On June 4, 1967, the government of Israel, headed by Prime Minister Levi Eshkol, accepted the decision “to launch a preemptive strike against the Arab states in order to remove the military chokehold that has tightened on Israel…” The war began on June 5, 1967, at 7:45 AM, with a massive air strike by the Israeli Air Force, known as Operation Moked (Operation Focus) on the Egyptian airfields. This took the Egyptians completely by surprise and, due to its brilliant execution, decided the war’s outcome from its very inception with the destruction of the Arab air forces and full paralysis of their airfields. In the first two hours of the war, the Israeli Air Force destroyed 197 Egyptian aircraft, and by the end of the first day 300 Egyptian planes were destroyed, more than 90% of them while on the ground. In the second day, an additional 150 Jordanian, Syrian and Iraqi aircraft were destroyed as they joined in the war.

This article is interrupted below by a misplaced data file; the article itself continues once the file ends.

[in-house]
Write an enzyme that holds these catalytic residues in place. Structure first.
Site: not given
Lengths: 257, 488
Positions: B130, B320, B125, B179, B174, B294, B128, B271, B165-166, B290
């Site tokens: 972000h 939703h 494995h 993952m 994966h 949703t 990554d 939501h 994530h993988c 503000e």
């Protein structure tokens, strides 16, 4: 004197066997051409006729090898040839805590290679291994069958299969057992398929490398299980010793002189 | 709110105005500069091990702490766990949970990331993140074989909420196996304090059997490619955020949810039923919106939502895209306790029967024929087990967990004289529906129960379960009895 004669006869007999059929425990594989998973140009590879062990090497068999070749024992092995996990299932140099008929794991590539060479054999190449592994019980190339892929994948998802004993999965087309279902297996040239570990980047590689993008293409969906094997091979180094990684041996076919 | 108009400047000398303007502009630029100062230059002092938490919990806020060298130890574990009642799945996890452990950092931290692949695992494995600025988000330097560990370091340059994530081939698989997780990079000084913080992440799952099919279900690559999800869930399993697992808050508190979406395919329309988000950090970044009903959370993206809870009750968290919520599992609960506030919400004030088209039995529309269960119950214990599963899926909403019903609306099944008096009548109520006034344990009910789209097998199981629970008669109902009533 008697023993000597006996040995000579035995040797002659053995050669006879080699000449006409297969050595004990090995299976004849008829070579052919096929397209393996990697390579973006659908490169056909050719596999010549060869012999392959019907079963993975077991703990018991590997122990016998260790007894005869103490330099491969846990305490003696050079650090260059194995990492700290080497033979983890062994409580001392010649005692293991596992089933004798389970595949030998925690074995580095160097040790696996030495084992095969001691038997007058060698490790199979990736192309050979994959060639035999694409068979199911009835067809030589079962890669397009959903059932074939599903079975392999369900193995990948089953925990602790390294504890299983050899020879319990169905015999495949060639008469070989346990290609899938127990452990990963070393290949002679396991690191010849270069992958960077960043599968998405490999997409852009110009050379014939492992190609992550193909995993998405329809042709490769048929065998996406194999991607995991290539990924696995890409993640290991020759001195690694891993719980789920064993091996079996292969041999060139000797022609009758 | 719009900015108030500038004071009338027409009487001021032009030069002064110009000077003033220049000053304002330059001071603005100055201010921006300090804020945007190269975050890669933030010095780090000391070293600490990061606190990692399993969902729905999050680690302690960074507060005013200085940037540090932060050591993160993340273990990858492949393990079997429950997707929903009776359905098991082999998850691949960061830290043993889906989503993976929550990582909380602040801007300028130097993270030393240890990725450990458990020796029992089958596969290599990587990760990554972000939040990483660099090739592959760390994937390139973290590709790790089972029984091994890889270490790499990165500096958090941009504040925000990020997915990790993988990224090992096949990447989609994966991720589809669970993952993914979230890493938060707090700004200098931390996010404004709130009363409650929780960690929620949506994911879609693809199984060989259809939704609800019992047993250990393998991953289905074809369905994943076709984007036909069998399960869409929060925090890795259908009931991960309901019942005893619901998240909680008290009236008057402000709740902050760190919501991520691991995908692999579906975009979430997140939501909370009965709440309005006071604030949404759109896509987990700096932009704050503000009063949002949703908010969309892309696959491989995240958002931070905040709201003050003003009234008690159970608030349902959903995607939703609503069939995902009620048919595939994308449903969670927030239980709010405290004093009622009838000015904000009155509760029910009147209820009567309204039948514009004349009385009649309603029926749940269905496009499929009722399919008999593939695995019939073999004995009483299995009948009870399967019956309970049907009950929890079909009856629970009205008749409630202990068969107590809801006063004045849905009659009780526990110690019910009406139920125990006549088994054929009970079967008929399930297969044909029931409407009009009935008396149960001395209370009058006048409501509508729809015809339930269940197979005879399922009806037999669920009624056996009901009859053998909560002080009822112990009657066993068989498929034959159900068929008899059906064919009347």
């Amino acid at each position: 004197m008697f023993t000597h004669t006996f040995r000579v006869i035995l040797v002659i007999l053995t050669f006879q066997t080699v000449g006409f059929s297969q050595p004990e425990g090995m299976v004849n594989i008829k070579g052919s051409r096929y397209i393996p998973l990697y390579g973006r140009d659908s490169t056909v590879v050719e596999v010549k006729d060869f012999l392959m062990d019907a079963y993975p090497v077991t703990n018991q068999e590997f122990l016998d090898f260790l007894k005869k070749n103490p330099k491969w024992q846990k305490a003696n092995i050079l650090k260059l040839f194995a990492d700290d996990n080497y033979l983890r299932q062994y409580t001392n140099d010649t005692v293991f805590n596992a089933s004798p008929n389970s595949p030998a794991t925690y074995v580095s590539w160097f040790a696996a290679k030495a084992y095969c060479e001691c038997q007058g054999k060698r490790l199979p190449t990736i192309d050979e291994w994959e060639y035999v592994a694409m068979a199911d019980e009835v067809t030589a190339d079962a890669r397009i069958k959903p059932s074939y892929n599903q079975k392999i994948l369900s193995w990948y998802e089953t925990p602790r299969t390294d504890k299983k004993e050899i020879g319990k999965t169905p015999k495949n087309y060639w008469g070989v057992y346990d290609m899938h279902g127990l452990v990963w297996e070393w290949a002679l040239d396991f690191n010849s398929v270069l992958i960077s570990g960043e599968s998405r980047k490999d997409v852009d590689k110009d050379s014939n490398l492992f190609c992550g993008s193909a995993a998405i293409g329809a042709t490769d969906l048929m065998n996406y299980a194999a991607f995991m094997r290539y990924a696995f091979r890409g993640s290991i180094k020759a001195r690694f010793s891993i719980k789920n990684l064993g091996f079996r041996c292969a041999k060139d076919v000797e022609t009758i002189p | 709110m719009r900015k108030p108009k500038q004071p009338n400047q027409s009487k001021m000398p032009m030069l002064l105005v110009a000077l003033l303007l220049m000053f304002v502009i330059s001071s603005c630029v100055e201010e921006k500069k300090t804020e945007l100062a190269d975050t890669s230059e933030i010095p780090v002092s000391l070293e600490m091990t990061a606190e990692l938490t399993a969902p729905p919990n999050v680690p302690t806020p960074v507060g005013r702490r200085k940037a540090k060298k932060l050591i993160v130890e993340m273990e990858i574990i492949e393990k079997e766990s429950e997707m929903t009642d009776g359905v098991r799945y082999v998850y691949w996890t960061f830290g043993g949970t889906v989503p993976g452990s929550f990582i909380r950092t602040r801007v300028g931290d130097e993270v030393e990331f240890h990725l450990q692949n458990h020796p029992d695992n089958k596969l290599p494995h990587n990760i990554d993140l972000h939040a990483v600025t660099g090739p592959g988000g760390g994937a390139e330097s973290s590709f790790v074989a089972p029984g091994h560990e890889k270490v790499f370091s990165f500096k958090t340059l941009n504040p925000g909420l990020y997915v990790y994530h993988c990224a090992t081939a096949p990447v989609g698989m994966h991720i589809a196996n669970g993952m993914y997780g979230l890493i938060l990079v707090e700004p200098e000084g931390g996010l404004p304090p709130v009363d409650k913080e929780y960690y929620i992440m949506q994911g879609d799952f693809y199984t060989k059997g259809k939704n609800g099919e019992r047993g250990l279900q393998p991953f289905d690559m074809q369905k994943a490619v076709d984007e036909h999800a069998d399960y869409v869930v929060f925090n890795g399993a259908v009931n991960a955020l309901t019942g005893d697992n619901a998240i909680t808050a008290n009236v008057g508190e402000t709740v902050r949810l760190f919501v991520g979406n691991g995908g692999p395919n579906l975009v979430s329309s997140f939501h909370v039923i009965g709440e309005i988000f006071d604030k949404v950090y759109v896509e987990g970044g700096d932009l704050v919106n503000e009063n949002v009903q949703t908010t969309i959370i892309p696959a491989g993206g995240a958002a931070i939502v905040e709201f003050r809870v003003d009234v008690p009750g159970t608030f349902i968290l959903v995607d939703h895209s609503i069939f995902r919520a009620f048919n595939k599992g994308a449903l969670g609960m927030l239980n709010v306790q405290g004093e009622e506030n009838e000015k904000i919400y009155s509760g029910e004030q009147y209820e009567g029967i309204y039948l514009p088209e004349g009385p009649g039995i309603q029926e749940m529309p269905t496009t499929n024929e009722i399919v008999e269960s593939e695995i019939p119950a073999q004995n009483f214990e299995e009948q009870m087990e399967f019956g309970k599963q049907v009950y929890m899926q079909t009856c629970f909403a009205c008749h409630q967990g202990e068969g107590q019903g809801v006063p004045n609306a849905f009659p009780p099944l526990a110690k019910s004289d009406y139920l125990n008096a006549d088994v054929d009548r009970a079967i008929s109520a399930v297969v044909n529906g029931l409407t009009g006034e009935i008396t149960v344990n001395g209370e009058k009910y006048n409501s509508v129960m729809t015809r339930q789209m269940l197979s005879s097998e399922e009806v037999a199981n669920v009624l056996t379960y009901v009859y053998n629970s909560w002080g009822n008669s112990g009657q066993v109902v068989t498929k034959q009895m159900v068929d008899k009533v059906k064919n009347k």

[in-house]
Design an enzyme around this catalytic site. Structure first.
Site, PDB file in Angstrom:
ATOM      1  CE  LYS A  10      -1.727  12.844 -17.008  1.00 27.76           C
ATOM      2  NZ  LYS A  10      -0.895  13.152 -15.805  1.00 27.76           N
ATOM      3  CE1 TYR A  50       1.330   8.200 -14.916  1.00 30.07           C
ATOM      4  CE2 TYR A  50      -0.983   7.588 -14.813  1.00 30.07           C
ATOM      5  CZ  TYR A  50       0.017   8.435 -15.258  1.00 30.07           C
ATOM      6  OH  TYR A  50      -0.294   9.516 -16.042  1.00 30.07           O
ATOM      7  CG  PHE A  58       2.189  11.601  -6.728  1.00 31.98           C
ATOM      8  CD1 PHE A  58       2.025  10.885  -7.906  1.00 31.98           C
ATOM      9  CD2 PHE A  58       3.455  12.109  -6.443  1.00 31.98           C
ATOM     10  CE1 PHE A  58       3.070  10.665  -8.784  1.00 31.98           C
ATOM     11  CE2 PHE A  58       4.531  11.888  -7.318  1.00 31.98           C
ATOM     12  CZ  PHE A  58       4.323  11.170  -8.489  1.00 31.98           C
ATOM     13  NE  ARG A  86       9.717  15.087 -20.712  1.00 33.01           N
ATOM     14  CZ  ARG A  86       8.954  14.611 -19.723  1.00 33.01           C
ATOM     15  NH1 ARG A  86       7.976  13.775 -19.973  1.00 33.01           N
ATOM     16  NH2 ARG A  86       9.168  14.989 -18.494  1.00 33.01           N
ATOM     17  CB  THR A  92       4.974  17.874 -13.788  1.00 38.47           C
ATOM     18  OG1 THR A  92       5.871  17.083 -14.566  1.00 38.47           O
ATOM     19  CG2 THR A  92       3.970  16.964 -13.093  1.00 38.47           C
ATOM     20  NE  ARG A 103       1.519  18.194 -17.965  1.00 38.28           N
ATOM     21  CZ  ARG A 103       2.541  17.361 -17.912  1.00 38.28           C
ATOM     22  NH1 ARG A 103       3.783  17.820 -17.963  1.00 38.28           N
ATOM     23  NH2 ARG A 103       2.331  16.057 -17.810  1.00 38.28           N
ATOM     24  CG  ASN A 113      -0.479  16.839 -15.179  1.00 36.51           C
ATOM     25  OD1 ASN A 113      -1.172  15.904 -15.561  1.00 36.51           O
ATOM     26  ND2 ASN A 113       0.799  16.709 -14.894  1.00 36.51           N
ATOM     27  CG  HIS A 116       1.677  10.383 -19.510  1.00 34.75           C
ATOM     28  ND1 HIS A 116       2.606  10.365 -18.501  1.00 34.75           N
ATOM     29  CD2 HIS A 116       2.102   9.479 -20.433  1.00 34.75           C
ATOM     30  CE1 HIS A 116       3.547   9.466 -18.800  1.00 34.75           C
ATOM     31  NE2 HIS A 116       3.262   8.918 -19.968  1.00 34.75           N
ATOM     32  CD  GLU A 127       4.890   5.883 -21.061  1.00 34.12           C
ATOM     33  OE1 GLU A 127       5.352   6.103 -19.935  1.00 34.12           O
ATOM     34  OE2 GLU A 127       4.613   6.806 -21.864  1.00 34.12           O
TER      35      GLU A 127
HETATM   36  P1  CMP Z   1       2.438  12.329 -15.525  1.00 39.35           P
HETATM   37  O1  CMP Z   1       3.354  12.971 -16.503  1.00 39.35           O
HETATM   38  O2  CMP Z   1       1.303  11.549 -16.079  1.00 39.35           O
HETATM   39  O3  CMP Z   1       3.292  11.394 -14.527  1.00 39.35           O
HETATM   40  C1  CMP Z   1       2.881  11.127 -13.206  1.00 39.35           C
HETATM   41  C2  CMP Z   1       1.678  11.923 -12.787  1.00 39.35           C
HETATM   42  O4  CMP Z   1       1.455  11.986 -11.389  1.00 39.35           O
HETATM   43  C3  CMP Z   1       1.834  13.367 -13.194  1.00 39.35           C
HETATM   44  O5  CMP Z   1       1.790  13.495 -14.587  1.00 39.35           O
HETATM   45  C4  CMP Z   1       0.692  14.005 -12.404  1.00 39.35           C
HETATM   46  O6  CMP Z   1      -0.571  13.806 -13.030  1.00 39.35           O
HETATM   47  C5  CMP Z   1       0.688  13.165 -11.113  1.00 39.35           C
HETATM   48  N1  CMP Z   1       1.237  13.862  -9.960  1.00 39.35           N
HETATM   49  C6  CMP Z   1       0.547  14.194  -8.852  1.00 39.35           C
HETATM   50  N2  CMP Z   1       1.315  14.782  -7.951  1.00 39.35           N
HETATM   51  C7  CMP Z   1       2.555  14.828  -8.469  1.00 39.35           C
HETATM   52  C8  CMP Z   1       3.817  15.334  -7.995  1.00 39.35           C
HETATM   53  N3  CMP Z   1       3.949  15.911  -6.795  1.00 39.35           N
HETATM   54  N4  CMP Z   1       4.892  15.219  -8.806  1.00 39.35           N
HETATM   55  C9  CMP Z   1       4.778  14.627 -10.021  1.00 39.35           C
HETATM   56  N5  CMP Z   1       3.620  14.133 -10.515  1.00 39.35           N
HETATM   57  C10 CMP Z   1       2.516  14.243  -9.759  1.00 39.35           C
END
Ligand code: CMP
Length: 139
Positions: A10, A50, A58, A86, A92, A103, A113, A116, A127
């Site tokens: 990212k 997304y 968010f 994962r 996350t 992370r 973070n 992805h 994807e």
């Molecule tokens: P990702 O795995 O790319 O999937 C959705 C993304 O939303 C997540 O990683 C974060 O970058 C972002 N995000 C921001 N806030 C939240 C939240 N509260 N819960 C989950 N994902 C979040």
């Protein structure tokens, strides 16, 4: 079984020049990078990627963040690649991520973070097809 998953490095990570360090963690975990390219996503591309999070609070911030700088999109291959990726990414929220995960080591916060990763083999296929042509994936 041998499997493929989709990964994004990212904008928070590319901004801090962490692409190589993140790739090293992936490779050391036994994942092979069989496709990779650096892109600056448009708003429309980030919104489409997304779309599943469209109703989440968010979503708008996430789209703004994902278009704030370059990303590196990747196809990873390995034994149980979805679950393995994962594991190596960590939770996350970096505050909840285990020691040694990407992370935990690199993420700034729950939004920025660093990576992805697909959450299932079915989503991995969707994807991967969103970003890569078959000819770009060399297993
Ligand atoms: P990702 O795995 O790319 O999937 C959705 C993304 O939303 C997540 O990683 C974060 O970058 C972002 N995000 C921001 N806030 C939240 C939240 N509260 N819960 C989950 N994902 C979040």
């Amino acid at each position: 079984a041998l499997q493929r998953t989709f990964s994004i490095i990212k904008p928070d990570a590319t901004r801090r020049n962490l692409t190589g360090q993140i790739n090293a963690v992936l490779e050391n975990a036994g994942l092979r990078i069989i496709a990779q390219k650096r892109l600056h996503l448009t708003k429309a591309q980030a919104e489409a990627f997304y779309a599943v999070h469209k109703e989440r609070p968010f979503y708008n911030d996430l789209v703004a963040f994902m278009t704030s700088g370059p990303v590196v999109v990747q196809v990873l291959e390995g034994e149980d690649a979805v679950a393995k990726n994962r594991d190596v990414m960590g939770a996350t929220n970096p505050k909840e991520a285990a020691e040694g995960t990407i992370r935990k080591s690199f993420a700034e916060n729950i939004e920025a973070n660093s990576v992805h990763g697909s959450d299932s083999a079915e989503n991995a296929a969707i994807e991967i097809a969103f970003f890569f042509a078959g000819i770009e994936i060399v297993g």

The war spread along all of Israel’s borders. Within six days, the IDF achieved a decisive victory as they:

It was a stunning victory in which the IDF removed the military choke hold, proved their superiority, and earned the title of “the best army in the world.” In those six days, the size of the State of Israel grew threefold. Click here for a full description of the events of the Six-Day War.

Victory celebrations swept the entire country. After 19 years that the Jewish people had been banned from praying at their holiest site, they were now able to return to pray at the Kotel on the Temple Mount. The song “Jerusalem of Gold” (Yerushalayim Shel Zahav) became one of the anthems of the Six-Day War. Amidst the euphoria of this victory, the hearts of the Israeli nation pained for the 779 IDF soldiers who paid the ultimate price by losing their lives.